No cook should be without the pungent fragrance of rosemary, the spicy aroma of dried oregano, or the minty freshness of basil leaves to finish or complement dishes. We grow rosemary, sage, thyme, lavender, bay leaf, oregano, parsley and basil in our small garden, though rosemary is the herb we use most often.

Any sunny spot will do, whether a large pot on a doorstep or a box in a window sill, but the more space you have, the deeper your herbs will root themselves, and the more productive they will be. We enjoy the progression of the seasons in our herb garden. In late winter, the sharp peppery spears of the chives begin to appear, while spring brings the large purple sage flowers, and the tiny fragrant white blossoms of the thyme. Spring also brings the rebirth of the oregano and the parsley (perennial herbs, they die back in the winter). Summer sees the aromatic flowering of the lavender and oregano, and mysteriously, the lovely purple flowers of the rosemary can appear almost any time of year. Our bay is grown in a pot, so that it can be brought under cover during the wet winters here in coastal British Columbia.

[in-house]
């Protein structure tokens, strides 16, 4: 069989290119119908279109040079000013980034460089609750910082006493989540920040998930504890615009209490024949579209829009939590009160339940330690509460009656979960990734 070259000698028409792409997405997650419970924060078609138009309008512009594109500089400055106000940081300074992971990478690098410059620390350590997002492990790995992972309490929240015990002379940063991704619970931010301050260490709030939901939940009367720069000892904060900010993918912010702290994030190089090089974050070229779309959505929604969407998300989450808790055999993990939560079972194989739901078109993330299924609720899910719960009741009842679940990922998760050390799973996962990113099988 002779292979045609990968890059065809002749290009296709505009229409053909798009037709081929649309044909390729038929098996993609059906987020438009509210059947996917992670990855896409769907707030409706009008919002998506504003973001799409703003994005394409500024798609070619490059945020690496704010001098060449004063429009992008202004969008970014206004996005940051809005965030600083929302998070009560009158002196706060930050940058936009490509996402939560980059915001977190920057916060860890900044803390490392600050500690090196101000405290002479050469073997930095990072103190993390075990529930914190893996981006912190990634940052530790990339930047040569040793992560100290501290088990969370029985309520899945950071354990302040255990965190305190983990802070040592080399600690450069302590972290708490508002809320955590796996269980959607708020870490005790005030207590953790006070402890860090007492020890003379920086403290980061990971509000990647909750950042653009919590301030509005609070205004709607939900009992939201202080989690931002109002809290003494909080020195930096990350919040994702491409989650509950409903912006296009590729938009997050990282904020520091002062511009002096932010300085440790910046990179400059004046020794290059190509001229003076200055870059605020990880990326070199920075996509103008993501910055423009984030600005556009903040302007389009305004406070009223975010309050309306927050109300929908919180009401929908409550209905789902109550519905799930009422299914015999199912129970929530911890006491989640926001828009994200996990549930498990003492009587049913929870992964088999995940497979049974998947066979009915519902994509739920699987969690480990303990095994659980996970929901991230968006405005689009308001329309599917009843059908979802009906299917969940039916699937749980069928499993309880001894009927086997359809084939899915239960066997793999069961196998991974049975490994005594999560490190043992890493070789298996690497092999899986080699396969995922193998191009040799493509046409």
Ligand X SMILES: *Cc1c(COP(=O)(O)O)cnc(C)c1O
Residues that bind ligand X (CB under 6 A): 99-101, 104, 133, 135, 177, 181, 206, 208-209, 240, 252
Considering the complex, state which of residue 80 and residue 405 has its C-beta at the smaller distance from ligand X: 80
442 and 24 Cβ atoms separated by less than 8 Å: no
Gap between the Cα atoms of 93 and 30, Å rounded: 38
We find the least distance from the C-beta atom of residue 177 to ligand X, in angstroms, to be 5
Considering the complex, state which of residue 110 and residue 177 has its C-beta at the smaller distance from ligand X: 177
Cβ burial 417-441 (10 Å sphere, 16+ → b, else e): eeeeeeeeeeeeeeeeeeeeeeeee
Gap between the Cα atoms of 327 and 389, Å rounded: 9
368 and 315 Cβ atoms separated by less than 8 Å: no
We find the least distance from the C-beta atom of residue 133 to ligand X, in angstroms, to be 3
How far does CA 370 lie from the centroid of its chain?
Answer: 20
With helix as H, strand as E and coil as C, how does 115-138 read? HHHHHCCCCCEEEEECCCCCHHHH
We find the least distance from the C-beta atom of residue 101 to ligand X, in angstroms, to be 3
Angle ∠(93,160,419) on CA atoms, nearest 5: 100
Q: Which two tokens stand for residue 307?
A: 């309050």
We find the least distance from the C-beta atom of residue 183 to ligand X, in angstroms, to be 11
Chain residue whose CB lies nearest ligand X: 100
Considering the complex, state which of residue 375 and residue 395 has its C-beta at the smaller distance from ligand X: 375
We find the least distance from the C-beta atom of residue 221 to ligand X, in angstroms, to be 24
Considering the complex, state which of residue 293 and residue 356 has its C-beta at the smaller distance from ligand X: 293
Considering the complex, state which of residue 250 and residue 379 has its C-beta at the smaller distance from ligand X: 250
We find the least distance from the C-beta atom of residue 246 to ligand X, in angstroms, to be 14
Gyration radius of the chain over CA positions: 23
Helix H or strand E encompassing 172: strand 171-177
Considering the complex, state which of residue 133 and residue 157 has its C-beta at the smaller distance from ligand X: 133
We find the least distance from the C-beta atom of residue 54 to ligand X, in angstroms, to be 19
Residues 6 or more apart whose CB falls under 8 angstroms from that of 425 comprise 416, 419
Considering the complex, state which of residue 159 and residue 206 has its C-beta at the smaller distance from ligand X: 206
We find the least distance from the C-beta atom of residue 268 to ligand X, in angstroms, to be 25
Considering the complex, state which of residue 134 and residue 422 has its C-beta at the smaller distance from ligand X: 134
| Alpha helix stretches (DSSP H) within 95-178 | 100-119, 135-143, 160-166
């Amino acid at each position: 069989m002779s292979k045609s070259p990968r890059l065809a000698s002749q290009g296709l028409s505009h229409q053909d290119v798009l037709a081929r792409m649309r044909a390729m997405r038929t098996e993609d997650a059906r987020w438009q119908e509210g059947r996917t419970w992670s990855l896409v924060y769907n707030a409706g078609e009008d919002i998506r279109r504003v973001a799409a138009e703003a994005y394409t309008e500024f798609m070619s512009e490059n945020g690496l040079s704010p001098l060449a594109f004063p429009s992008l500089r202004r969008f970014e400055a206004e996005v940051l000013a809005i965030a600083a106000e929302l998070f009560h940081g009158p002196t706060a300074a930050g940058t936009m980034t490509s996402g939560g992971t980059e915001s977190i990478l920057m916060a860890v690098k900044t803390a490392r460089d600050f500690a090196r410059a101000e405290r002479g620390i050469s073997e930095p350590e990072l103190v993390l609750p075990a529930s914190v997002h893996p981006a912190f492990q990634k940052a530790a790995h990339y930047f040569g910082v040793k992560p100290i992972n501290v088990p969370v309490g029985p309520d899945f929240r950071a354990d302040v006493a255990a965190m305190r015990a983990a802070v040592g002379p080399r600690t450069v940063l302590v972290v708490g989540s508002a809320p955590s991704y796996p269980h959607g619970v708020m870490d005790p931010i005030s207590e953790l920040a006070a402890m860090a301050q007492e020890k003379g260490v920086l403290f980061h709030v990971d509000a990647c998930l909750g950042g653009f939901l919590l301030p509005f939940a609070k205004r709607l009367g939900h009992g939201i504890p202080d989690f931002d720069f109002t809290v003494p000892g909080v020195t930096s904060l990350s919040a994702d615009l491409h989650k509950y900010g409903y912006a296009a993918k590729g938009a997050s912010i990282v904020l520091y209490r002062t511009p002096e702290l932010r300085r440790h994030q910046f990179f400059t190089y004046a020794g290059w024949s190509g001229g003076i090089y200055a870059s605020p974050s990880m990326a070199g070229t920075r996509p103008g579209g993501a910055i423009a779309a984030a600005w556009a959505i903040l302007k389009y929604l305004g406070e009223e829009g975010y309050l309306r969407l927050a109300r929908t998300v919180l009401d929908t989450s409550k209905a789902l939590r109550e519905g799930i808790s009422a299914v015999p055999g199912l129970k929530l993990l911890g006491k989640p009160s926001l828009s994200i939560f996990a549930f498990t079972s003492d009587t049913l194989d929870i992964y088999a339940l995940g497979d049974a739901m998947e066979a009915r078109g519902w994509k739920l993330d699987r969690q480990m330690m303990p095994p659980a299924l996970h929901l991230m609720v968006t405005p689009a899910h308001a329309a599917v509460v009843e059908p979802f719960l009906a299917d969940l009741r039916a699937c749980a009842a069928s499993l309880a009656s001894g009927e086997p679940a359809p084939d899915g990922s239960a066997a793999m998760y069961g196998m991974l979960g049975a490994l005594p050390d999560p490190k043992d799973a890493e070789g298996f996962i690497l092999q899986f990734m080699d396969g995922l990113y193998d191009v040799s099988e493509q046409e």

We harvest some of the growth for drying (just before the flowers open is the best time for this, as the essential oils are at their peak then), and leave some to use fresh, one of the great joys of cooking.

We avoid commercially-obtained dried herbs, unless purchased from a farmers' market, as they are often bitter. Yuck.

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